By Kayla Harrison OLY and August L. Wolf OLY
The strong, dedicated girls and young women of the U.S. gymnastics team who survived the assaults of their team doctor also were victims of a second kind of abuse— the negligence of the U.S. Olympic Committee. The health and safety of the athletes should have been paramount, and instead they were sacrificed to the higher priorities of reducing legal liability and protecting the image and fundraising of the USOC. This is sadly just then tip of the iceberg; the people who allowed these conditions to fester have failed, and failed to fix them.
It is time to clean house.
The case of Larry Nassar, a gymnastics doctor now serving a life sentence for sexual assault amid allegations from more than a hundred female gymnasts he treated, is but the most egregious instance of the USOC’s disregard for Olympic athletes. Dysfunction, neglect and out-of-whack priorities have reigned for years at the USOC, which has been blinded by huge TV contracts and sponsor fees and lulled by a lack of accountability and outside oversight.
The resignation of USOC CEO Scott Blackmun, who learned of the allegations in 2015 and did nothing, is a first step to overhauling this insular and archaic organization. Now his boss, Larry Probst, must join him. To repair the damage done to athletes and to reinstate trust in the organization, we call for senior executives and board members to offer their resignations en masse, and open the door to a new generation of leadership committed to transparency, decency, and to the athletes and coaches whose toil and sacrifice inspire the world.
We say this as Team USA Olympians. Kayla Harrison won gold medals in judo at the 2012 and 2016 Summer Olympic Games. She founded the Fearless Foundation to support athletes who have been sexually abused. August Wolf competed in the shot put at the 1984 Summer Games and is the founder of U.S. Athletic Trust. We are joined by co- signers, all of them Olympians.
The USOC and some of the 47 National Governing Bodies (NGBs) for individual sports have known of allegations of sexual abuse for decades. Since 1982, almost 300 coaches and officials in Olympic organizations have been accused of sexual misconduct across 15 sports. USA Swimming banned 36 coaches for molesting minors on their teams —yet it kept the list secret. In the past 20 years, 368 gymnasts have alleged sexual exploitation, the Indianapolis Star reported in 2016.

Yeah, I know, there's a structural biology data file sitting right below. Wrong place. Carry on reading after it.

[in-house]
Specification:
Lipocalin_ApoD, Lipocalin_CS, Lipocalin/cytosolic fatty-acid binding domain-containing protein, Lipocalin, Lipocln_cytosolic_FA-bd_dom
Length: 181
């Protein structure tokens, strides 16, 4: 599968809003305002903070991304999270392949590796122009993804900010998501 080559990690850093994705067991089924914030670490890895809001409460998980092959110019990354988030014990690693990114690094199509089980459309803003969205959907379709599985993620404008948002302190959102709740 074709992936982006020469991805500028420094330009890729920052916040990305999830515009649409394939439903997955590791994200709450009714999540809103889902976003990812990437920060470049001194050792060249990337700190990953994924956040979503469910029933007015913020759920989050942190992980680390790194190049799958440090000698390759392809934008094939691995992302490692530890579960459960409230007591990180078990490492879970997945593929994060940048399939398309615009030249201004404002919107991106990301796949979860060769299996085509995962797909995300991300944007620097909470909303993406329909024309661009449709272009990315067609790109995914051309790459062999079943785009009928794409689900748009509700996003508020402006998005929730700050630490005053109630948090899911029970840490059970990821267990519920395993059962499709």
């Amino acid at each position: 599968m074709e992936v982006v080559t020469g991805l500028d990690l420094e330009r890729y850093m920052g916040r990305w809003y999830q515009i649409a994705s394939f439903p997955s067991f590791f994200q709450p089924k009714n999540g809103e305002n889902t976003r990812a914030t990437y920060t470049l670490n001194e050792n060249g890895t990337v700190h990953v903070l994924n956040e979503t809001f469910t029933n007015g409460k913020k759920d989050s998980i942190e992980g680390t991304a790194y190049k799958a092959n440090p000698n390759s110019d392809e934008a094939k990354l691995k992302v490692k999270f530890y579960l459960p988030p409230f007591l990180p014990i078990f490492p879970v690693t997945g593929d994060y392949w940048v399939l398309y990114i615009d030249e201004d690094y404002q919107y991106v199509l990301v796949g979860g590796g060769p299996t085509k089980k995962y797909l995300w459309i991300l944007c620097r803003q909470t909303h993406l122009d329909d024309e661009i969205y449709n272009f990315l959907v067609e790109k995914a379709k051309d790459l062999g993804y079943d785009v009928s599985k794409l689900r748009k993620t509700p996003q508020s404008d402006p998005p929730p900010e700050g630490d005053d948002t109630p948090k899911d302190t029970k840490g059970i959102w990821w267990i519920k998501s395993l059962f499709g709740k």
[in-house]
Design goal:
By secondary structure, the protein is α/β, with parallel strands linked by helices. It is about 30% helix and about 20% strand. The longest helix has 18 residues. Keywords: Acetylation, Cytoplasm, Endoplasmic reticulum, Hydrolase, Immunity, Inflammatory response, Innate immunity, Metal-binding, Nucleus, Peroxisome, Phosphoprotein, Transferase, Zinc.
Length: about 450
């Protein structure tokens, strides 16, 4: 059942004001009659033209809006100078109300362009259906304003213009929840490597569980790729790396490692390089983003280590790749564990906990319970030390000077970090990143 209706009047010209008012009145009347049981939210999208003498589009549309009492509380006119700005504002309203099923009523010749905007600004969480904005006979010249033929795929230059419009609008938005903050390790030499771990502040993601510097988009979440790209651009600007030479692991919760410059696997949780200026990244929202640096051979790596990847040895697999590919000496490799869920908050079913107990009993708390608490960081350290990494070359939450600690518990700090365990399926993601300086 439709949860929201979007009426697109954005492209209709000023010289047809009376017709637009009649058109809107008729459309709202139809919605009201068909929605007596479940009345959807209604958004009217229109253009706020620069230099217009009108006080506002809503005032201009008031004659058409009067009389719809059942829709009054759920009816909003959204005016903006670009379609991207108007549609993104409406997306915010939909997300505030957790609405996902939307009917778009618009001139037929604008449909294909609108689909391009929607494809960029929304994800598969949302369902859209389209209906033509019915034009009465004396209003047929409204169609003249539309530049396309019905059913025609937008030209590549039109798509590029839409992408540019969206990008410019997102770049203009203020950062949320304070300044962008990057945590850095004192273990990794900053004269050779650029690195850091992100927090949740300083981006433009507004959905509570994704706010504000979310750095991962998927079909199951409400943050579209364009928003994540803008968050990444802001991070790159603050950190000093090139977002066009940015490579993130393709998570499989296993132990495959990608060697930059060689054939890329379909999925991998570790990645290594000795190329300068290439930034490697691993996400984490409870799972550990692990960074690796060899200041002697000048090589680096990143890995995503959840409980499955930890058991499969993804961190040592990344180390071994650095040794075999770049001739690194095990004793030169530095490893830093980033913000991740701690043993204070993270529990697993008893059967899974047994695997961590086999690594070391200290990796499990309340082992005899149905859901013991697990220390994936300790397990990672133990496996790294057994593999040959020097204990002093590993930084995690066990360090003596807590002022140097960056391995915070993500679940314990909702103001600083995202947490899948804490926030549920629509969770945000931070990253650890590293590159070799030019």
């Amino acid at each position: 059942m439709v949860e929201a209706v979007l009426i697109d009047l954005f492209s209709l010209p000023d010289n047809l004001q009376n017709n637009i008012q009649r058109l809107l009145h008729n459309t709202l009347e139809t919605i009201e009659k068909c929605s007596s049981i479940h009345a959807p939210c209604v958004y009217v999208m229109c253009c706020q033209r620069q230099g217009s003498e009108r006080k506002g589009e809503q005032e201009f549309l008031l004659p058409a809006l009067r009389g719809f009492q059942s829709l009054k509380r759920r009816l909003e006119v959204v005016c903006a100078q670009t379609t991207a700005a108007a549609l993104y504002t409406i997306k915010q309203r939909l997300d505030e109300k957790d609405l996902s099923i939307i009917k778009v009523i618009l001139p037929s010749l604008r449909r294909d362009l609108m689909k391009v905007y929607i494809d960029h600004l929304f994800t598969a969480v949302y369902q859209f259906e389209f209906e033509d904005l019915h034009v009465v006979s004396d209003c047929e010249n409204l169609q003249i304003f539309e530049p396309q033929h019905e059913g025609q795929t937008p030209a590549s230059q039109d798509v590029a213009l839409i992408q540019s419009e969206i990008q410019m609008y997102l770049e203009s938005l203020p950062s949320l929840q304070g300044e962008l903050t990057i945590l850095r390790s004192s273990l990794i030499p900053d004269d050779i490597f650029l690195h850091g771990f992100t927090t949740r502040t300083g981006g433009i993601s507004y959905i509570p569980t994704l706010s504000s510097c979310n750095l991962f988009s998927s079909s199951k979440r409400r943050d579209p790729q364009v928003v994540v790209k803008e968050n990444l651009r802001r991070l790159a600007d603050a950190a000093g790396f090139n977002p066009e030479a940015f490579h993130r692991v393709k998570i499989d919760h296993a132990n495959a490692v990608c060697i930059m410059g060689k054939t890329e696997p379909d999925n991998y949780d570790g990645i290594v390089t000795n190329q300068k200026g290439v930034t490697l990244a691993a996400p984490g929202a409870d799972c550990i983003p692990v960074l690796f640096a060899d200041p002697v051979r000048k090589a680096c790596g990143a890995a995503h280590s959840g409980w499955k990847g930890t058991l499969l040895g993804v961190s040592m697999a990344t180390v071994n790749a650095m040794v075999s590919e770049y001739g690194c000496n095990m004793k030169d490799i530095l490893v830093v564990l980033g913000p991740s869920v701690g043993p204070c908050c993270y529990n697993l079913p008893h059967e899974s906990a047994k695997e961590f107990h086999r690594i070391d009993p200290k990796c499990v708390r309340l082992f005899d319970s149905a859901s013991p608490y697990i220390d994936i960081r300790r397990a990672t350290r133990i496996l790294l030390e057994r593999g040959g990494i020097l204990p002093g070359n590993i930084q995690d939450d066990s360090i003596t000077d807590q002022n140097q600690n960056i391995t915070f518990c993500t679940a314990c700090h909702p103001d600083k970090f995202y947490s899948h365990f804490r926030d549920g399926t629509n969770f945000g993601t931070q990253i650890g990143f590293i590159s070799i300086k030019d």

The response to these horrors has been lackadaisical and circle-the-wagons. USA Swimming in 2010 and 2011 declined to pass a policy prohibiting coaches from having sexual relationships with their athletes, despite myriad accusations. The USOC adopted a ban in late 2012, warning NBGs that if they failed to comply they would lose funding (albeit for their athletes). In late 2013, after three women on the U.S. taekwondo team told the USOC board they were raped by their coach, he was allowed to continue coaching for two more years, right up until his criminal conviction.
When athletes complain, the USOC and NGBs have been known to hire lawyers to mount a defense against them. In 2008, a female Olympic swimmer learned that her coach, a few years earlier, surreptitiously had videotaped her and other underage swimmers in their locker room; the executive director of USA Swimming knew this and let the man continue coaching. She filed a complaint, and the USOC hired a law firm . . . to defend USA Swimming against her charges.
Likewise, in 2012 a dozen members of USA Speed Skating told the USOC of physical and emotional abuse by their coaches. Instead of intervening, the USOC recommended a law firm to USA Speed Skating, which retained it for an internal probe; it bought out the coaches’ contracts and never released the findings.
The USOC first convened a special panel on sexual abuse in 2010, got nowhere and retried it in 2014, which led to the creation of the U.S. Center for SafeSport. This group opened only this month and instantly received nine complaints of sexual abuse to investigate. Critics say it lacks independence, investigative powers and the authority to force NGBs to follow their own rules. It must be strengthened.
Our USOC needs a modern makeover, a bipartisan issue both parties can support. We urge the House Committee on Energy and Commerce to form a “truth commission” that includes athletes, Olympic officials, congressmen and outside advocates. Conduct public hearings into how the USOC quashed allegations and failed to protect athletes, and devise ways to empower the new SafeSport program with more investigative clout.
Team USA is a national treasure. Every two years we get to enjoy the best of human ambition, triumph and hard work, in a testament to individual sacrifice and a celebration of the human spirit. Our athletes have earned the right to be safe and sound, to be heard and supported, emotionally and otherwise. We owe them that.
Ms. Harrison (Two time Olympic Gold Medalist in Judo) and Mr. Wolf (Olympian and USOC FOUNDATION Trustee) are joined by these Olympian co-signers:
CAROLINE LIND, 2 time Olympic Gold Medalist in rowing, 2008 and 2012
BODE MILLER, 6 time Olympic Medalist in skiing, including gold in 2010
JIMMY PEDRO, 2 time Olympic Medalist in judo in 1996 and 2004.